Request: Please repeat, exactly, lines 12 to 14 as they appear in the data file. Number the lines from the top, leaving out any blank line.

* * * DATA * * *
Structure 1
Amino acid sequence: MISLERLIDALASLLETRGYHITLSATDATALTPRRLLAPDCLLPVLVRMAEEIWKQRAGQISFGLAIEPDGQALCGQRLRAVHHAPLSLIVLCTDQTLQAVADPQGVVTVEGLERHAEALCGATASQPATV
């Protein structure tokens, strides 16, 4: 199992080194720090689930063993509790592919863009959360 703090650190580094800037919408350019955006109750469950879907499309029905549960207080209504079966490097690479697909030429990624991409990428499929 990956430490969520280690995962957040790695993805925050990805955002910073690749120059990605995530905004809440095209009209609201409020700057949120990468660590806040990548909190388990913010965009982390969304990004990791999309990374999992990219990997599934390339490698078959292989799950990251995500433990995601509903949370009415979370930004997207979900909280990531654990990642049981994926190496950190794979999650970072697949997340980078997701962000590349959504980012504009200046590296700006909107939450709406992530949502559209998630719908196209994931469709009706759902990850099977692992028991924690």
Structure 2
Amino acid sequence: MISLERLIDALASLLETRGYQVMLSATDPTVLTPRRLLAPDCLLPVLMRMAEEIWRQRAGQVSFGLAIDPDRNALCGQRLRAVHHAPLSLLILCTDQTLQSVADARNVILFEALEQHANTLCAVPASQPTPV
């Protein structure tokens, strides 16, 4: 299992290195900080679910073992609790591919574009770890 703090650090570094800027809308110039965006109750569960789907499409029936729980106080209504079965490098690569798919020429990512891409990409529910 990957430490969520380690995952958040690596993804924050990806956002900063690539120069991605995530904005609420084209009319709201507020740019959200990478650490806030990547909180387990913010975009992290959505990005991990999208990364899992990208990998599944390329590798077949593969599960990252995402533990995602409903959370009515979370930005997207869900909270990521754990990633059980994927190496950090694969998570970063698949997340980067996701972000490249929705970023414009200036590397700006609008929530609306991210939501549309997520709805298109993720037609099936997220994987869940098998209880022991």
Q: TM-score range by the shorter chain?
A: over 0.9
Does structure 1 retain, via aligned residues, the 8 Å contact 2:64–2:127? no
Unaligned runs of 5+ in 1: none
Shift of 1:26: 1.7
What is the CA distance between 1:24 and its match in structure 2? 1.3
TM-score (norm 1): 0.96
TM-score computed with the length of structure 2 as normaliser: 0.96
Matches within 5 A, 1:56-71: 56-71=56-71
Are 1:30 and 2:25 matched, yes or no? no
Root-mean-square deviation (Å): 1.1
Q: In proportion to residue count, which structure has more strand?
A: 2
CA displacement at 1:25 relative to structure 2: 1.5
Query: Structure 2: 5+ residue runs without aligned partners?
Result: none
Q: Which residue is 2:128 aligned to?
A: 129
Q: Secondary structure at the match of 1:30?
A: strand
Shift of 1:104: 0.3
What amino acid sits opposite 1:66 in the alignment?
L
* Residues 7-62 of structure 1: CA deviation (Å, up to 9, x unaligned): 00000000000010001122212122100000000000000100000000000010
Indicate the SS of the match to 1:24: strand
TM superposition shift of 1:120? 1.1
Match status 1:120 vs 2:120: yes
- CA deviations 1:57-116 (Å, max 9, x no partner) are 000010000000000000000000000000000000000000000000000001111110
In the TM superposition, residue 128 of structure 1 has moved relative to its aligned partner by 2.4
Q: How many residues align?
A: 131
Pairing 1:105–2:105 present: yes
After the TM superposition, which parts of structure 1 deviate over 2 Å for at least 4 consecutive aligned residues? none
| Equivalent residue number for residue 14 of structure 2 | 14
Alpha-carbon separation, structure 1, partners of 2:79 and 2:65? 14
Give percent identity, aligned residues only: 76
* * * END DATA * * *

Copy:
What is the CA distance between 1:24 and its match in structure 2? 1.3
TM-score (norm 1): 0.96
TM-score computed with the length of structure 2 as normaliser: 0.96